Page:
First People’s Buffalo Jump State Park, located in Ulm, Montana, is a short twenty two minute drive south-west from Great Falls. The 2,000 acre National Historic Landmark is well known for being the largest prehistoric bison cliff in the United States. Today, visitors can plant their own feet on the cliff formation, which Native Americans historically used to hunt and kill bison in mass quantities for survival.
Established in 1972, the roughly three-mile trail is a well-maintained loop with steep slopes on either side of the buffalo jump. The jump includes a mile long sandstone cliff where 18 feet of compacted buffalo remains lay below. According to fellow hikers, the trail is easily accessible for all ages and can be achieved either solo or with your family.
Formerly known as Ulm Pishkun State Park, the day-use-only park can easily be explored in a mere two hours. These two hours may involve investigating the onsite 600 square visitor’s center, which includes a visitor's buffalo culture exhibit, storytelling circles, a classroom, a gallery, and a bookstore. There is also an outdoor amphitheater and a traditional games playing field for the kids. Several picnic tables are available as well for a bite to eat.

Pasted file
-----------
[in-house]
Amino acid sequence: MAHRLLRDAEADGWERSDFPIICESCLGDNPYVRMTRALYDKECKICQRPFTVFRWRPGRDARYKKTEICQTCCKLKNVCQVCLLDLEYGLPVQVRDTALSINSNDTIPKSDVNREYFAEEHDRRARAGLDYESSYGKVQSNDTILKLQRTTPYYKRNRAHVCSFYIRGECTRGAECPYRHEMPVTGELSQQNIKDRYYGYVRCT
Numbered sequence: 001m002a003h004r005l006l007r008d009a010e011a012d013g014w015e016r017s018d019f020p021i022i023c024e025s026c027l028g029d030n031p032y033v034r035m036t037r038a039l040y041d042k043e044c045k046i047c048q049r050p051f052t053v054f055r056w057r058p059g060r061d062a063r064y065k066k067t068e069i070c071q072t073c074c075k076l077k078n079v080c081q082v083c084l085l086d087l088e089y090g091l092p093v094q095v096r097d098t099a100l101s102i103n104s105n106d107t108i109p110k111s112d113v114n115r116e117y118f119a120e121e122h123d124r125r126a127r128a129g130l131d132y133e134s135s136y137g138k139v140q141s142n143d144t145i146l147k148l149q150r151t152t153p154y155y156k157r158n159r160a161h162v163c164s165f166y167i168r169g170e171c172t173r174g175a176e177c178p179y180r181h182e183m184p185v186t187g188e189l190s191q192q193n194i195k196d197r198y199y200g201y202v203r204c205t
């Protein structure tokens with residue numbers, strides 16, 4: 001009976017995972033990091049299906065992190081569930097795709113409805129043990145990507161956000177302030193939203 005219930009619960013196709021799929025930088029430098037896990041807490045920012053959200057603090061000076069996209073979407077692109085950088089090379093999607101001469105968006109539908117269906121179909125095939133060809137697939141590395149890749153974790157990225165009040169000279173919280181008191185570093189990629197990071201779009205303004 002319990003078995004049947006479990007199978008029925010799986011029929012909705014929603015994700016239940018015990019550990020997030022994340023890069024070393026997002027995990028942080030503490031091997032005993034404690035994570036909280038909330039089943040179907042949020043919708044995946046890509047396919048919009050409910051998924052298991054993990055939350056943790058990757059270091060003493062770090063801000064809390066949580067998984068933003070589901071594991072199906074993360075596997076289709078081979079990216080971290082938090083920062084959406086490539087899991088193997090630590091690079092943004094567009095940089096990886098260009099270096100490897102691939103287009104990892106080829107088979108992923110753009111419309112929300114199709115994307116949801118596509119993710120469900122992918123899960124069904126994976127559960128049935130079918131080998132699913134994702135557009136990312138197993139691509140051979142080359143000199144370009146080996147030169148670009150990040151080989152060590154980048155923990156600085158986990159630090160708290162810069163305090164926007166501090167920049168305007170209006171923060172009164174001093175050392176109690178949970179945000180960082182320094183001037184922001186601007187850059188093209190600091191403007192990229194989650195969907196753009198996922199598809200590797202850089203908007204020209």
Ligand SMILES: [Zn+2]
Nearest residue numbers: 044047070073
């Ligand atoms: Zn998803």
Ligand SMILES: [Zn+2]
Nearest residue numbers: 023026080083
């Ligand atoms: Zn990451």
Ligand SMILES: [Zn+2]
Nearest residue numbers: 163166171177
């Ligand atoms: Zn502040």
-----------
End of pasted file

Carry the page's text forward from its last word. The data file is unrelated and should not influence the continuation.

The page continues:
In the summer, the visitor’s center and upper access area open at eight a.m. and close at six p.m. However, it doesn’t matter what time of the day you choose to arrive because the park will always offer the panoramic view of the Rocky Mountain Front and Missouri River Valley, and so much more landscape.
Peak season general entrance fees, beginning the third Friday in May till the third Sunday in September, are $6 for vehicles and $4 for walk-ins, bicyclists, and bus passengers. Upcoming events and news can be found online at http://stateparks.mt.gov/calendar/default.html.
Will you and your family be visiting what the archaeology community considers the most significant buffalo jump in the world? If so, let us know what you think about the view, the hike, and the history.